En EspaŅol

Q. Who is Mr. Smarty Plants?

A: There are those who suspect Wildflower Center volunteers are the culpable and capable culprits. Yet, others think staff members play some, albeit small, role. You can torture us with your plant questions, but we will never reveal the Green Guru's secret identity.

Help us grow by giving to the Plant Database Fund or by becoming a member

Did you know you can access the Native Plant Information Network with your web-enabled smartphone?

Share

Ask Mr. Smarty Plants

Ask Mr. Smarty Plants is a free service provided by the staff and volunteers at the Lady Bird Johnson Wildflower Center.

Search Smarty Plants
    
 
See a list of all Smarty Plants questions
Can't find the answer in our existing FAQs, submit a question to Mr. Smarty Plants.
Need help with plant identification, visit the plant identification page.
 
rate this answer
Not Yet Rated

Friday - February 03, 2006

From: Koloa, HI
Region: Hawaii
Topic: Trees
Title: Tahitian gardenias (Gardenia taitensis) salt and wind resistance in Hawaii
Answered by: Nan Hampton

QUESTION:

Are Tahitian Gardenias salt tolerant? We live on a rocky coastline in Hawaii and we get a lot of salt spray.

ANSWER:

You are in luck, Tahitian gardenias (Gardenia taitensis) ARE salt and wind resistant. The Cooperative Extension Service of the College of Tropical Agriculture and Human Resources (CTAHR) of the University of Hawaii at Manoa has a paper, "Salt and wind tolerance of landscape plants for Hawaii", that you can download as a PDF file. In this article the authors assign common (and some uncommon) plants used in landscaping in Hawaii to one of two categories:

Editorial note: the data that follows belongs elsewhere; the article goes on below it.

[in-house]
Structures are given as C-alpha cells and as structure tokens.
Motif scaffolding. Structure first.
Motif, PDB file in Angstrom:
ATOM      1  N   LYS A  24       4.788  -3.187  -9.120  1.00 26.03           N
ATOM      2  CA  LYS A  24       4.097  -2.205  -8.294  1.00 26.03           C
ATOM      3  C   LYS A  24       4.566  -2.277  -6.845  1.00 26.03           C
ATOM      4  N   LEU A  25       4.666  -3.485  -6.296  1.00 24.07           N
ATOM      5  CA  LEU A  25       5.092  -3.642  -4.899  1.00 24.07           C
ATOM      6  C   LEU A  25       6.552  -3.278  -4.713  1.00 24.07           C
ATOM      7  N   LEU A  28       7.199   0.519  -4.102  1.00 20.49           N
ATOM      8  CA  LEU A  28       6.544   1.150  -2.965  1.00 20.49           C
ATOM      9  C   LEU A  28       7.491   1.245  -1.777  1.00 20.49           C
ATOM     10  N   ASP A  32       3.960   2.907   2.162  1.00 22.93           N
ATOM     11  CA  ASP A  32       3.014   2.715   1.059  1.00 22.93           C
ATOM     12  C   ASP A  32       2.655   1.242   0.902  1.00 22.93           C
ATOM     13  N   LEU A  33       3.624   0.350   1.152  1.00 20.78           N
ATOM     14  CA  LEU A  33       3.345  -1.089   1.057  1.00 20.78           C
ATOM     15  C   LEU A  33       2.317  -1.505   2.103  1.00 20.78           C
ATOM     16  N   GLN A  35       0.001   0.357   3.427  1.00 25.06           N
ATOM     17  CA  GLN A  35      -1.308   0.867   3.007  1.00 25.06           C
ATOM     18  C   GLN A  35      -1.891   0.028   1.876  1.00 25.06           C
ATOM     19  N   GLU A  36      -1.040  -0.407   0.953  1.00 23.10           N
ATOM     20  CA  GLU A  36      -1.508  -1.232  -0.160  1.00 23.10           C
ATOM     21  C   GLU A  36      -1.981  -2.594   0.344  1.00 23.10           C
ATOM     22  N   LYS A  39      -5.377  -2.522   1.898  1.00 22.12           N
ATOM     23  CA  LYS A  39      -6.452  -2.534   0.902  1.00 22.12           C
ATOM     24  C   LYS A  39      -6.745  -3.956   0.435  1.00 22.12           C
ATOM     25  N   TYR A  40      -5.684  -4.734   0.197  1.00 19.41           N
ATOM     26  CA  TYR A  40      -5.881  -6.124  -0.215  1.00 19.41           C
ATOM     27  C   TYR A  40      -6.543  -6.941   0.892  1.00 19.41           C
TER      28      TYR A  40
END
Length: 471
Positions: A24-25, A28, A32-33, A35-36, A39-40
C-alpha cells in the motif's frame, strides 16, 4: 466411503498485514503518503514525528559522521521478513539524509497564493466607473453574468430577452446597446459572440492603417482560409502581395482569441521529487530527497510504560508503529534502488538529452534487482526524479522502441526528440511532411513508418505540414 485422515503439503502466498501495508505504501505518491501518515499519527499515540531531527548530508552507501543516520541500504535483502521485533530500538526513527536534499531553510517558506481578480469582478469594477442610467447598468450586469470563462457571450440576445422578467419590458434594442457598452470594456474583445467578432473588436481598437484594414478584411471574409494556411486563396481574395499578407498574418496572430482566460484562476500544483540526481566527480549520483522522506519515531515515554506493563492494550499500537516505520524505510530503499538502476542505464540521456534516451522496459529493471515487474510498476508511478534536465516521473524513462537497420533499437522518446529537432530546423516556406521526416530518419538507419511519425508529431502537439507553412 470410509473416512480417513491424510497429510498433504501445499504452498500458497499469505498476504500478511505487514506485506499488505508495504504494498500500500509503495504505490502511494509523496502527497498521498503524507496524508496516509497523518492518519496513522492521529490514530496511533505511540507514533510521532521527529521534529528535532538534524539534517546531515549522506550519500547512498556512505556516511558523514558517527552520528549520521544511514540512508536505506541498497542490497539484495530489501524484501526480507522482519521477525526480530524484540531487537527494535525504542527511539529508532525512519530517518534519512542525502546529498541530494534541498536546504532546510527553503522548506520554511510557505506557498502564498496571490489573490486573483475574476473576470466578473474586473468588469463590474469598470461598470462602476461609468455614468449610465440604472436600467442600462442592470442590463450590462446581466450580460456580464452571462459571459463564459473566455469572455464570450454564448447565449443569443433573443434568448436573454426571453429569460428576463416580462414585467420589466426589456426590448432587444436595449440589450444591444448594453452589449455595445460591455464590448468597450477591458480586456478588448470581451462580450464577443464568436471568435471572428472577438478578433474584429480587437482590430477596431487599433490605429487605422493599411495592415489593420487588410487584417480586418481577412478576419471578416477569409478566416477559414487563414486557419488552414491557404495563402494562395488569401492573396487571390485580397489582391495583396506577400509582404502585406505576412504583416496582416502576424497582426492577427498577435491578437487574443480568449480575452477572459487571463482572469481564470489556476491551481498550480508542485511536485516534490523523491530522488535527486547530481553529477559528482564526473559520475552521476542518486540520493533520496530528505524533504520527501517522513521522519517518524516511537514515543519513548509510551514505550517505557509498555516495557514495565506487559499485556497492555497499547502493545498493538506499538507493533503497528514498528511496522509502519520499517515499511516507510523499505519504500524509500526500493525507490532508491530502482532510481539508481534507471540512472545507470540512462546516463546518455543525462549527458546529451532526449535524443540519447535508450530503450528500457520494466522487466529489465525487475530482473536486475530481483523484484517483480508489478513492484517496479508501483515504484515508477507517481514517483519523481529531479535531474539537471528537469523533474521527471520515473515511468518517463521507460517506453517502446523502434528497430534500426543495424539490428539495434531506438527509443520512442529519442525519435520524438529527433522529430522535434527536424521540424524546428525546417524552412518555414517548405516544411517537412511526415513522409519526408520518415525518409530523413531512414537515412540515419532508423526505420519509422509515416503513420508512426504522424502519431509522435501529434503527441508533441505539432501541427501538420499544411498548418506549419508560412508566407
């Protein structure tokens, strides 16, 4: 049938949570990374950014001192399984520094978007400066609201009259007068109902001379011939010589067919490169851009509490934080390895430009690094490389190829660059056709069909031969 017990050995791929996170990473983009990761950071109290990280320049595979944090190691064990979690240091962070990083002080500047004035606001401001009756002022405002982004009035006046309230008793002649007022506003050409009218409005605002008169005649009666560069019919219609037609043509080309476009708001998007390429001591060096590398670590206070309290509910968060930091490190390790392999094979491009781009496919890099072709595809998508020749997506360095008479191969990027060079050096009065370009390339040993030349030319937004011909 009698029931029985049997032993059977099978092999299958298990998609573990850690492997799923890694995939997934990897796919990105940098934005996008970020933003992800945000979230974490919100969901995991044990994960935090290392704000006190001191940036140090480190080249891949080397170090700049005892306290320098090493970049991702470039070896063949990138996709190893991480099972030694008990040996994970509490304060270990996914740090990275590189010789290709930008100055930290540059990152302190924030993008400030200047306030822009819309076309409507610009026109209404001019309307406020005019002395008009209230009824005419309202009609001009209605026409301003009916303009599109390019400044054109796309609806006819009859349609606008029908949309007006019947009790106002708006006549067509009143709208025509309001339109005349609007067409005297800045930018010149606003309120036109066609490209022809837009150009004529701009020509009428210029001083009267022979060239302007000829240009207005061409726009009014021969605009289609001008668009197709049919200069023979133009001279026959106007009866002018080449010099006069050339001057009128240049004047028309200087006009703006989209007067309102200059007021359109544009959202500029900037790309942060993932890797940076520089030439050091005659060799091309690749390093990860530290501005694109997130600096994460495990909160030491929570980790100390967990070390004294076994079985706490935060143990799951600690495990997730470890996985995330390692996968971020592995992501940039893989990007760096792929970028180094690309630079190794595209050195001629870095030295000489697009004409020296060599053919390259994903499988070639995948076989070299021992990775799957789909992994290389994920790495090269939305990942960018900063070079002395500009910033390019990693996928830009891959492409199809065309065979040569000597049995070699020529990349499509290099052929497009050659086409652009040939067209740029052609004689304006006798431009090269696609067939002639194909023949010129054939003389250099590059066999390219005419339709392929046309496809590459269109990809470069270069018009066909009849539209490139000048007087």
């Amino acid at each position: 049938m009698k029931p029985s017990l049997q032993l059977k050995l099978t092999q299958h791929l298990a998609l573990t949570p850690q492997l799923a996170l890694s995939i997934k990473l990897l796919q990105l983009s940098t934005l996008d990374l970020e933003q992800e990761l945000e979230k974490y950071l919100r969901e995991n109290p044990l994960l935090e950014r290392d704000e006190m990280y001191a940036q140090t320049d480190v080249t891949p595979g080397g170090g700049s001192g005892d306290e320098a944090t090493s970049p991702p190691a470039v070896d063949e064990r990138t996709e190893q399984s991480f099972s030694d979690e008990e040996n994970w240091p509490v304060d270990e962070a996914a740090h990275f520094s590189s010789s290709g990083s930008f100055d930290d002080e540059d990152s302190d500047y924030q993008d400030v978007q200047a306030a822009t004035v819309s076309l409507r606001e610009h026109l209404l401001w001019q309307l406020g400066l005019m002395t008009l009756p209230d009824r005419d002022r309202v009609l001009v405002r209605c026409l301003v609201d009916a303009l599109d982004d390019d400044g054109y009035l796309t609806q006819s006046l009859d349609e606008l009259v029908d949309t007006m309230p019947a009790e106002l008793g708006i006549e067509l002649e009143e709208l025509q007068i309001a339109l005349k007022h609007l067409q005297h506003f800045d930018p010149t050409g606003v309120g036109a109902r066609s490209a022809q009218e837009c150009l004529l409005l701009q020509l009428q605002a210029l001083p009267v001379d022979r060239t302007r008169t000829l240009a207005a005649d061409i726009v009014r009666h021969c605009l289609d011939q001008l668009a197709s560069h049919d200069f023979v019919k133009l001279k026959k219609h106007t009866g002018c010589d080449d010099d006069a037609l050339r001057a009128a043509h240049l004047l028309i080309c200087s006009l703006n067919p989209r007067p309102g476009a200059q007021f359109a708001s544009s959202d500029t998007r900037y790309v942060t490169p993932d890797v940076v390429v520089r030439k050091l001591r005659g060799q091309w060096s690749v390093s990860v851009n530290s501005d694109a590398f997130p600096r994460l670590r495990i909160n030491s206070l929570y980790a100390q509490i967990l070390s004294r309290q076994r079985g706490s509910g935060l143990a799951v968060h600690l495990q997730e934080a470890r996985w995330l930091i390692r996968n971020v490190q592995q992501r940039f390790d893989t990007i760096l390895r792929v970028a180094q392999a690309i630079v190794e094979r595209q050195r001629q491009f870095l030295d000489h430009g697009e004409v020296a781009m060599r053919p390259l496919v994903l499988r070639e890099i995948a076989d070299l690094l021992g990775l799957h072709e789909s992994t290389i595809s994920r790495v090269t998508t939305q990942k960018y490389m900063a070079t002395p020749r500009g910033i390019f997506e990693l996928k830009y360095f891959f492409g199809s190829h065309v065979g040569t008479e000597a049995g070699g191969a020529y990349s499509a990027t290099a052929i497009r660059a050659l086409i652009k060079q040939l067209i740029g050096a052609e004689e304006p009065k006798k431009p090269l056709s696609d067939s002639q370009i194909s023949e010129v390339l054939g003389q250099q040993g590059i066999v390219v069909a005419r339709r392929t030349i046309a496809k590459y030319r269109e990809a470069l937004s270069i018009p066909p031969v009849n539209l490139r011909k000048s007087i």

"Zone 1 plants are highly salt and wind tolerant and can be used in exposed locations, such as areas near the beach receiving direct winds from the ocean. These plants are tolerant of soil salinity and wind-borne salt. During severe storms and hurricanes, even plants listed in Zone 1 may experience moderate to severe salt and wind injury."

"Zone 2 plants are moderately tolerant of soil salinity and usually tolerate light salt spray but should not be used in exposed locations. They may be sensitive to wind or to medium or heavy salt spray. These plants do best when protected by buildings, fences, or plantings of Zone 1 species."

Gardenia taitensis is listed in the "Shrubs—Zone 1" list.

The CTAHR web page is a wonderful resource with lists of publications available on many aspects of gardening in Hawaii.

 

More Trees Questions

Growth rate of trees
August 20, 2007 - What is the growth rate of the following plants. (How wide and tall each year? They are all in 1 gallon pots right now.) 1. Agarita 2. Anacacho Orchid 3. Silk Tassel. Is there anything that can be ...
view the full question and answer

Moving a red oak away from the house foundation
January 24, 2008 - About a 3 weeks ago I noticed a 5 ft. red oak growing in my flower bed. I hadn't noticed it growing up through my shrubs until the leaves turned bright red. The problem is that its coming up about tw...
view the full question and answer

Is sulfurous well water affecting leaves on trees in Belton TX
November 07, 2011 - We installed an irrigation system for our buffalo grass lawn last spring. The grass is fine but the leaves on the trees are burned where the water hits them. I suspect that the well we are using fo...
view the full question and answer

Live oak leaves not dropping from Austin
April 29, 2014 - We had a 65 gallon live oak planted last October. We watered it regularly and it was green all through the winter. In March the leaves started to turn brown but never dropped, as they should have. ...
view the full question and answer

Problems with Live Oak in Boerne TX
April 24, 2011 - I had my large Live Oak trimmed last year. This spring there seems to be a problem with leaf growth. Most leaves are small in nature and appear to have been attacked possibly by bugs. Many of the bran...
view the full question and answer

Smarty Plants's Facebook profile Support the Wildflower Center by Donating Online or Becoming a Member today.

Mr. Smarty Plants wants you to be his Facebook friend. Click the Facebook icon to add yourself to Mr. Smarty Plants list of friends.
E-NEWSLETTER | BECOME A MEMBER | DONATE NOW | MEDIA | SITEMAP | STAFF
© 2015 Lady Bird Johnson Wildflower Center